Mary Atkinson Cunningham, Historian
Within the years of 1876 - 1892 the New World was marked by a revival
in patriotism and an intense interest in the beginnings of the United States
of America. Associations such as the Society of the Cincinnati which dates
from the close of the American Revolution, the Sons of Revolutionary Sires,
the Sons of the Revolution, and the Sons of the American Revolution offered
men opportunities to perpetuate the memory of ancestors who fought for
their country. A resolution at a meeting in Louisville, Kentucky, on April
30, 1890, excluded women from membership. but, women, too, felt the desire
to express their patriotic feelings in suitable ways, and many of those
who read of the Louisville meeting were indignant at being excluded.
That summer the Sons of the American Revolution met in Washington,
D.C. The newspaper account of this meeting provided the impetus to bring
together women of the North, South, East, and West in the common interest
of historic, educational and patriotic pursuits. A handful of women in
the capital put this matter as an earnest endeavor founded a society of
their own, the Daughters of the American Revolution. So reads an excerpt
from the DAR publication titled "In Washington.... the DAR Story."
Of the four founders, Miss Mary Desha, Miss Eugenia Washington,
Mrs. Mary Smith Lockwood, and Mrs. Ellen Hardin Walworth, Miss Mary Desha
was a Kentuckian. She helped prepare the DAR Constitution, was the designer
of the Society's Seal, was first chairman of the Board of Managers and
became Vice President General. She was also the sponsor of the Lexington,
Mrs. Benjamin Harrison, wife of the President of the United States,
became the first President-General of the National Society, 1890-1893.
The three fold purpose of the NSDAR is exactly the same now as
it was when the Society was organized, October 11, 1890.
The General Samuel Hopkins DAR chapter the third oldest in the state
of Kentucky has reached the milestone of its 100th birthday in 1996.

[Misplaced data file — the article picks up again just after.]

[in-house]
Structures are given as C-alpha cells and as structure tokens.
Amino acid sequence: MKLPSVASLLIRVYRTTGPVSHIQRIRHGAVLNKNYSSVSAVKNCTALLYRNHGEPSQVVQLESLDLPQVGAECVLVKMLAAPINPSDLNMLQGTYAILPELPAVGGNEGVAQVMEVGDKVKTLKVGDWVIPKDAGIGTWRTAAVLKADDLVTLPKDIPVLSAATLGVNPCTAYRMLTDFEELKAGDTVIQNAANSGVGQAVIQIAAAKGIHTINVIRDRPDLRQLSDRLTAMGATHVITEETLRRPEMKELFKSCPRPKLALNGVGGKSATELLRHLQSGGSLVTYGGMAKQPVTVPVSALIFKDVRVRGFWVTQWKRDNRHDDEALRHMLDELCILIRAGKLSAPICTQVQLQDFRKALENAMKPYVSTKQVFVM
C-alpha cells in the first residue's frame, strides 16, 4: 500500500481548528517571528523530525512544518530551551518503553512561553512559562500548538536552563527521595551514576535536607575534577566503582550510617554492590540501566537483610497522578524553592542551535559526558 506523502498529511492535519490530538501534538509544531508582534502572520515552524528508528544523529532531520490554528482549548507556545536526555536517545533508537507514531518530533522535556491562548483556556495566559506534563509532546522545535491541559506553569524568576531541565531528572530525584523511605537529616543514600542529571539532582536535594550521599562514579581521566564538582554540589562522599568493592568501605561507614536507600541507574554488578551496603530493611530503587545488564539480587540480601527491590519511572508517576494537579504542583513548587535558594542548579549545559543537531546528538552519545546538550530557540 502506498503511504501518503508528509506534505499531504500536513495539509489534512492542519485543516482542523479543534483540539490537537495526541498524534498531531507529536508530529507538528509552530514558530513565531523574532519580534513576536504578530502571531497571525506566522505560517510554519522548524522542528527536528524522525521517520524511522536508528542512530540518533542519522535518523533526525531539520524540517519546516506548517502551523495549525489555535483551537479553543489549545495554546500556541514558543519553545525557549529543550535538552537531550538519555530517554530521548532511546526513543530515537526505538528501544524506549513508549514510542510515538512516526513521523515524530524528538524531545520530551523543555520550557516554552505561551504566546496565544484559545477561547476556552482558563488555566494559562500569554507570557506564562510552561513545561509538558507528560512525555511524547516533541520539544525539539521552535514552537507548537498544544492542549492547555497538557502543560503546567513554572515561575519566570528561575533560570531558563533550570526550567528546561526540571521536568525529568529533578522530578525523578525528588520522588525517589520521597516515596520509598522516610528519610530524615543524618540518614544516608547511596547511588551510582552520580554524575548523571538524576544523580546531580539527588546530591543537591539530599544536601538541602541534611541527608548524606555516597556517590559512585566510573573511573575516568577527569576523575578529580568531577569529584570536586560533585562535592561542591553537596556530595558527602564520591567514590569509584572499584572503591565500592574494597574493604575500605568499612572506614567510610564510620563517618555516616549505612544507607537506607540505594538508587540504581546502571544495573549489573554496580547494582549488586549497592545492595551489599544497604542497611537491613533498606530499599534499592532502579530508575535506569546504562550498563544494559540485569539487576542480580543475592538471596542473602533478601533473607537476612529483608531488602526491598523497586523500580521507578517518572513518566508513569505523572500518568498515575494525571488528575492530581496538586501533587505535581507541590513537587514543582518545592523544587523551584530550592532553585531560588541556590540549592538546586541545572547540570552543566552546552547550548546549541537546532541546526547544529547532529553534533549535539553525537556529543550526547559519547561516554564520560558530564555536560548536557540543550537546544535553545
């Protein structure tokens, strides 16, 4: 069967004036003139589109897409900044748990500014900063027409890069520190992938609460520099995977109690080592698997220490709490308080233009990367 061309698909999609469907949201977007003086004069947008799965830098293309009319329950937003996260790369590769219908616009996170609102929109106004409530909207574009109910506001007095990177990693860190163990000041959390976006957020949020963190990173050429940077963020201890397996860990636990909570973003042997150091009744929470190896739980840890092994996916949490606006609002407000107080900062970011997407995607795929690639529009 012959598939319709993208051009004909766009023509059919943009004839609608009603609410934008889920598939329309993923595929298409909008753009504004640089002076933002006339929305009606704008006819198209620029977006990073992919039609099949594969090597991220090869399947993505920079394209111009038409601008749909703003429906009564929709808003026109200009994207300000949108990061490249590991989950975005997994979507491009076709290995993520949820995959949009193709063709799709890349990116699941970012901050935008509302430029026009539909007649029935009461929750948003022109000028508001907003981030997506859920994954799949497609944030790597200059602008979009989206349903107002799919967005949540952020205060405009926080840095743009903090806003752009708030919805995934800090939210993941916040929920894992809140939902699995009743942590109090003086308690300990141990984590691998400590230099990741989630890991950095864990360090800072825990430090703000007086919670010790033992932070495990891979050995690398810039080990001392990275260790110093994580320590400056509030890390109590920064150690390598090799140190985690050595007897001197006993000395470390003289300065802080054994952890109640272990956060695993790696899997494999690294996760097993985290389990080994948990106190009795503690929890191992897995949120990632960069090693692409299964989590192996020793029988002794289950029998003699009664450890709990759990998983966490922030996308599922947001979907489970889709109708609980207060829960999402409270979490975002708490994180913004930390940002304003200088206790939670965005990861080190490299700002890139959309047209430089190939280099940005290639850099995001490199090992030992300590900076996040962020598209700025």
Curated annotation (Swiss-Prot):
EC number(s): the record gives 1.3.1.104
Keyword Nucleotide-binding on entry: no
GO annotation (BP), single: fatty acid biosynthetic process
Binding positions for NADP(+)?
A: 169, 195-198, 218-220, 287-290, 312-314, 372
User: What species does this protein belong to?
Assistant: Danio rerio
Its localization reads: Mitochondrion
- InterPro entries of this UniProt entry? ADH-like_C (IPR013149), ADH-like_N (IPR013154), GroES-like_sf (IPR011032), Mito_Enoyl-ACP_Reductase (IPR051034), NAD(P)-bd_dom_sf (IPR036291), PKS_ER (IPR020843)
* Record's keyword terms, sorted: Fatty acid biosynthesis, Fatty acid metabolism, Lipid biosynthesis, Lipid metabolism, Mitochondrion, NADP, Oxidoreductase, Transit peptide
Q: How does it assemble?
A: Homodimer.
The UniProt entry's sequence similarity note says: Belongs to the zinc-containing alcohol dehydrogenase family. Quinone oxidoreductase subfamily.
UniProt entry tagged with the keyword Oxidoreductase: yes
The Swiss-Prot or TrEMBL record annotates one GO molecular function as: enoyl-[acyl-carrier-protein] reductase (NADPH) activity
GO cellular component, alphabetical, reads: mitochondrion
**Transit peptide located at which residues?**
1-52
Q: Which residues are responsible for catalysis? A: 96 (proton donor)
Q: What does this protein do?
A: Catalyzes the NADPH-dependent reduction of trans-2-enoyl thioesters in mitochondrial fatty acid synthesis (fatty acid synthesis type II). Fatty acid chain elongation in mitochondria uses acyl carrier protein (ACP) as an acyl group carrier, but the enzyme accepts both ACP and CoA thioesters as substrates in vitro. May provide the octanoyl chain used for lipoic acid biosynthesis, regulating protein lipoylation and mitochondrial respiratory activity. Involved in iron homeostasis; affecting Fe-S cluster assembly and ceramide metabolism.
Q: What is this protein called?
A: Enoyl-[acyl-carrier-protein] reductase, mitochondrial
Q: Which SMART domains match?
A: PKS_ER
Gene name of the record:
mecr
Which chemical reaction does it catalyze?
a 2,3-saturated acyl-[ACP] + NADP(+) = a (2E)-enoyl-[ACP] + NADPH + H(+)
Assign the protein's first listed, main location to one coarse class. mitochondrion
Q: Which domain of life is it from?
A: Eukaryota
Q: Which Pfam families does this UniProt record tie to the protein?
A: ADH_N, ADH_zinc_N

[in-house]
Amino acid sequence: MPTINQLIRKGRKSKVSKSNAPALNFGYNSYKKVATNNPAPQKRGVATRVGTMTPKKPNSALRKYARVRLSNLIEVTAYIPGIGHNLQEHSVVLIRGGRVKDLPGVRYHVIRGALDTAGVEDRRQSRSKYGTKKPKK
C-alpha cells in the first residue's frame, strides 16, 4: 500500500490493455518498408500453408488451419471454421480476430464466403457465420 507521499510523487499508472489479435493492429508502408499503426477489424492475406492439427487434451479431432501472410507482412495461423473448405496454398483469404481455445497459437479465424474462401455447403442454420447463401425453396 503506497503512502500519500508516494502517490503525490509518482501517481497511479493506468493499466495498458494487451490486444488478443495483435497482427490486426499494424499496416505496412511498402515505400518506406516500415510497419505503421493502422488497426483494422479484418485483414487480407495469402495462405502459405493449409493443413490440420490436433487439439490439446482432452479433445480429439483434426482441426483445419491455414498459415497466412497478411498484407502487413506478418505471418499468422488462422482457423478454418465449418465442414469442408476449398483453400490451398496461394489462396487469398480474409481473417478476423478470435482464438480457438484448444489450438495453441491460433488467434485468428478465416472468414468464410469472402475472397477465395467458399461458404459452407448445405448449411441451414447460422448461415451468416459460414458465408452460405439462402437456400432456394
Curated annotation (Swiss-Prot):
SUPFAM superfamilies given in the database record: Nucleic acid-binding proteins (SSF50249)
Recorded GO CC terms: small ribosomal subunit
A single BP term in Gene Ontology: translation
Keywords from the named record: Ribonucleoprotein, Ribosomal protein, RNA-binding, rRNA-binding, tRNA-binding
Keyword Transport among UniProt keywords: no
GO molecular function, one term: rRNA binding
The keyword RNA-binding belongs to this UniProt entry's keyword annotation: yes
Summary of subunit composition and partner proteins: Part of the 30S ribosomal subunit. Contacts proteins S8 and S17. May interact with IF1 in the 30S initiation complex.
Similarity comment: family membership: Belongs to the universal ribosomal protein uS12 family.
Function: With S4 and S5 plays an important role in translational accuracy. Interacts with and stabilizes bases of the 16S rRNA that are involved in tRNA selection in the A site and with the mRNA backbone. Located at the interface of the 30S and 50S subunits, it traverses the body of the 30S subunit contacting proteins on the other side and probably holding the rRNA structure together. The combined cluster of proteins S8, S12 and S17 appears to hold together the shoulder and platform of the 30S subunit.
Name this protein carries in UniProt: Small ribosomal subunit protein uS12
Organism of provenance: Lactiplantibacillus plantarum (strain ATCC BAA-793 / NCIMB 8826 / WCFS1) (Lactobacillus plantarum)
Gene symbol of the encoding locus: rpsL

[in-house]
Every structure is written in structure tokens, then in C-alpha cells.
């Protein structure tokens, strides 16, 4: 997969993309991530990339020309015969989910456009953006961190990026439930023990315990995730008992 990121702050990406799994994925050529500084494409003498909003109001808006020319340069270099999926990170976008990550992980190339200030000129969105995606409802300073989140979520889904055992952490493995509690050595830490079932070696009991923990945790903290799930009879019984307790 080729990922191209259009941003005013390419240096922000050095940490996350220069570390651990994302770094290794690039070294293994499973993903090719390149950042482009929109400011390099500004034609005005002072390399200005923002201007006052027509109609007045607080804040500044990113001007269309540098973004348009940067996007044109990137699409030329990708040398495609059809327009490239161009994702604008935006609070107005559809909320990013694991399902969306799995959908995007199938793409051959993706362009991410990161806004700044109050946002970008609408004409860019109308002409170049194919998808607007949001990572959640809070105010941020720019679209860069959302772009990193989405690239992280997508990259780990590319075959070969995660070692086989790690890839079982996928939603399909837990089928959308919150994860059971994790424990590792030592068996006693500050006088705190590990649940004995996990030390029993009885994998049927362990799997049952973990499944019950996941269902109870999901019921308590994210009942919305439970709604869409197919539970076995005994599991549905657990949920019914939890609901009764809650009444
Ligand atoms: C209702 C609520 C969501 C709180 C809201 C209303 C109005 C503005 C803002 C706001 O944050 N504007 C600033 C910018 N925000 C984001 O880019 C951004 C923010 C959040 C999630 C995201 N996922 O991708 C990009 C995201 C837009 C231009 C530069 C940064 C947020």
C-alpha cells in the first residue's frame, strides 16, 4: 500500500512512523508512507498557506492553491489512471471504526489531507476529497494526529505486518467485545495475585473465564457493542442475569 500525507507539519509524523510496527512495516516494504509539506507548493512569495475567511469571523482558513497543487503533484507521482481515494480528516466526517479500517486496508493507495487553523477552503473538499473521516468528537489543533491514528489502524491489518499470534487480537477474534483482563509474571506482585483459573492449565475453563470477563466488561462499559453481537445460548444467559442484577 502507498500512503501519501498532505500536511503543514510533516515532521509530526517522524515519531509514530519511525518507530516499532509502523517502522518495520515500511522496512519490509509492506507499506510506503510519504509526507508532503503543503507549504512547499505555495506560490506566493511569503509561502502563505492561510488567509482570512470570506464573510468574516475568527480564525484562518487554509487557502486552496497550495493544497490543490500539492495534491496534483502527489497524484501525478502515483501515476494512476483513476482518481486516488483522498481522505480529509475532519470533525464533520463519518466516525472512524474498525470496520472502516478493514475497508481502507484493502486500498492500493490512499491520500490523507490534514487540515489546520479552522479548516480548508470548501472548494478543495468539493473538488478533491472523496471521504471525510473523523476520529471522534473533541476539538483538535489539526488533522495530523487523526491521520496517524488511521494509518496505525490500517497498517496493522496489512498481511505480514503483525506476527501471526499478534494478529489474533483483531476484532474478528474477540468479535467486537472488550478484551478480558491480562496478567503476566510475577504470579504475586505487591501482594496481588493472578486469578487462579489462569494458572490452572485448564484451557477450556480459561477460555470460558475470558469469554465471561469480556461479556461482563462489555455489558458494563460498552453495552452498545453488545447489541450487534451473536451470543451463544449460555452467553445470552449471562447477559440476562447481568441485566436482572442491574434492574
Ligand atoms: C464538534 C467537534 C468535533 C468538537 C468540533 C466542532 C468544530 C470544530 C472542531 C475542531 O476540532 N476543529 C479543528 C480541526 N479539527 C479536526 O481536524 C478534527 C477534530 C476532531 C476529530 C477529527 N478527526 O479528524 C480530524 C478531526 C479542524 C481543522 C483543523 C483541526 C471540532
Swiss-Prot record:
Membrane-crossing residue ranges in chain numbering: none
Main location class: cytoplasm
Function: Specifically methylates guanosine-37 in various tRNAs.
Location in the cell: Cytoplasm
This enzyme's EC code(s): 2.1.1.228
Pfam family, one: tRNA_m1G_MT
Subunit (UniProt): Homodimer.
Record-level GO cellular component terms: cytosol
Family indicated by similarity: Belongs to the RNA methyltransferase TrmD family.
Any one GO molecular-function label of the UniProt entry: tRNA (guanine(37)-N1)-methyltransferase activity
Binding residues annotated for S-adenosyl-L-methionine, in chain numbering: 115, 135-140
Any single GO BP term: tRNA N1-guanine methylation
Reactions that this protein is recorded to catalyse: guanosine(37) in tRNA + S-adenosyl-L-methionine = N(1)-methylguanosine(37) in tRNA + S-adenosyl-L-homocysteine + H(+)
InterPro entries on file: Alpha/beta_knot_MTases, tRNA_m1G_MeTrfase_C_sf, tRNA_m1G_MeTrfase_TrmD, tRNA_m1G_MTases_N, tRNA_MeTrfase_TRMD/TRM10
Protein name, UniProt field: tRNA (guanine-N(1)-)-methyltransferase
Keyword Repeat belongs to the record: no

Revolutionary Ancestors of Past and Present
Membership of Gen. Samuel Hopkins Chapter, NSDAR
Historical: - "to perpetuate the memory
and spirit of the men and women who achieved American independence."
Education: - "to carry out the injunction
of Washington in his farewell address to the American people, "to promote,
as an object of primary important, institutions for the general diffusion
of knowledge, thus developing an enlightened public opinion...:
Patriotic: "to cherish, maintain and
extend the institutions of American freedom, to foster true patriotism
and love of country, and to aid in securing for mankind all the blessings
Historical Publication of General Samuel
Hopkins and the Beginning of Henderson County
General Samuel Hopkins Chapter Charter
Nancy Hart DAR Memorial Page
On the local level, the General Samuel Hopkins Chapter, named for
Henderson County's Revolutionary personality, erected a monument in 1916
in the northeast corner of the Court House yard, bearing the names of 12
men who served from this County. The burial place of General
Samuel Hopkins has been marked by a roadside plaque located on Highway
54. Lucy Audubon, daughter of John
James Audubon and for whom the Chapter of the Children of the American
Revolution was named is buried in the small cemetery. The grave of Thomas
Smith, Revolutionary soldier, has been marked and is located at
the entrance to Audubon State Park. Other Revolutionary graves are in the
process of being marked by the General Samuel Hopkins Chapter. The General
Samuel Hopkins Chapter sponsored the organization of the Lucy Audubon Chapter,
Children of the American Revolution, the Installation Ceremony having been
held on February 20, 1965, under the leadership of Mrs.
James C. Kirchgessner and Mrs. Robert C. Phillips.
The local chapter supports the public library, North Junior High's
ongoing oral history project and other community programs and agencies.
It also has annually sponsored an essay contest for fourth,
fifth and sixth graders; Good Citizenship awards for junior high youths,
and a Good Citizen contest for high school seniors.
A prospective DAR member must be at least 18 years of age
and able to trace her lineage to an ancestor who served the patriot cause
during the American Revolution.
The Kentucky state DAR has a genealogical workshop committee
that will help those interested in joining the organization complete DAR
papers for membership.
For Membership Information
NSDAR NATIONAL HEADQUARTERS
1776 D Street, N.W.
Washington, D.C. 20006-5305
National Daughters of the Revolution Home Page
The General Samuel Hopkins Chapter, National Society Daughters
of the American Revolution meets on the first Saturday of each month at
noon except for the summer months, July, August and September.
The Officers of the General Samuel Hopkins Chapter
May 1999 - May 2000
The DAR Insignia is the property
of and is copyrighted by the National Daughters of the American Revolution.
Web Hyperlinks to non-DAR sites
are not the responsibility of the NSDAR, the State Organizations or individual
to the Henderson County Home Page